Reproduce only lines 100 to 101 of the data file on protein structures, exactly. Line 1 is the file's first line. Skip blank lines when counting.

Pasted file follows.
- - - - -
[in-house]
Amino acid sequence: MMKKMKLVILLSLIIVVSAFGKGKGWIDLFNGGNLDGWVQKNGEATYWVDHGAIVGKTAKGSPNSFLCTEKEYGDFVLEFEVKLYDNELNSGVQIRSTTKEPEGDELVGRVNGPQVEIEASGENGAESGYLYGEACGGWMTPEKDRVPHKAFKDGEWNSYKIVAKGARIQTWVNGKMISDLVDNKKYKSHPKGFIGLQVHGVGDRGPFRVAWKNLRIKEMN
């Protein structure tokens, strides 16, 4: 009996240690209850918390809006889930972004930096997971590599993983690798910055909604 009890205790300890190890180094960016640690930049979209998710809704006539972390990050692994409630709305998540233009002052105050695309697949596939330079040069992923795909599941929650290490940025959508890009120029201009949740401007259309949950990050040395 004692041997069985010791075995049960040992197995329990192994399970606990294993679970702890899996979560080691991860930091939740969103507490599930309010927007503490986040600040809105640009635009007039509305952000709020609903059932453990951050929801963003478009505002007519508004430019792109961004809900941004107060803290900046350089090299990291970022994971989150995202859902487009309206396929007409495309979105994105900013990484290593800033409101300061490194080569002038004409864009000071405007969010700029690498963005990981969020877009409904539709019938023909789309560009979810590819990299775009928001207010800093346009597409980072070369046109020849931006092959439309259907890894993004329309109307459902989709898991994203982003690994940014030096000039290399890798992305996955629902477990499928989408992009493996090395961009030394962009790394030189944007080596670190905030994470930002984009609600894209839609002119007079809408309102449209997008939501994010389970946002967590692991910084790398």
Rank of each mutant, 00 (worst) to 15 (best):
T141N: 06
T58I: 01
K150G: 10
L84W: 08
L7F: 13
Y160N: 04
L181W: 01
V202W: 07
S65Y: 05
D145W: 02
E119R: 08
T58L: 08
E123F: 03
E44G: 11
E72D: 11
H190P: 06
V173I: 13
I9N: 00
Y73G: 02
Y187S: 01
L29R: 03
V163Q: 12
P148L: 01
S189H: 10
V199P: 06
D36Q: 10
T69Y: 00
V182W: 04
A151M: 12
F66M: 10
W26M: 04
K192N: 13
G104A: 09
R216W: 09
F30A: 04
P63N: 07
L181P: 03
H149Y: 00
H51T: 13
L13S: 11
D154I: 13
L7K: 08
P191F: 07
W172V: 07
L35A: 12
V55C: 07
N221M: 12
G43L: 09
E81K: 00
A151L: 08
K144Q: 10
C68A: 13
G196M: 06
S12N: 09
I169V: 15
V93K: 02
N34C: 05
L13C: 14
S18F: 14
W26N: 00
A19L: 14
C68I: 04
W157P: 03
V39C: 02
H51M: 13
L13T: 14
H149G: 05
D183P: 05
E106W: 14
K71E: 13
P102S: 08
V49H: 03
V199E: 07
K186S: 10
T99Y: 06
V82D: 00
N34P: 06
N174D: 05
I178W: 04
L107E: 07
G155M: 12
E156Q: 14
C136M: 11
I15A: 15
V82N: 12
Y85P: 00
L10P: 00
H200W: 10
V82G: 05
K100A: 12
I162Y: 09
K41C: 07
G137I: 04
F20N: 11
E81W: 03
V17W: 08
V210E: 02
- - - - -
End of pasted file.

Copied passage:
V17W: 08
V210E: 02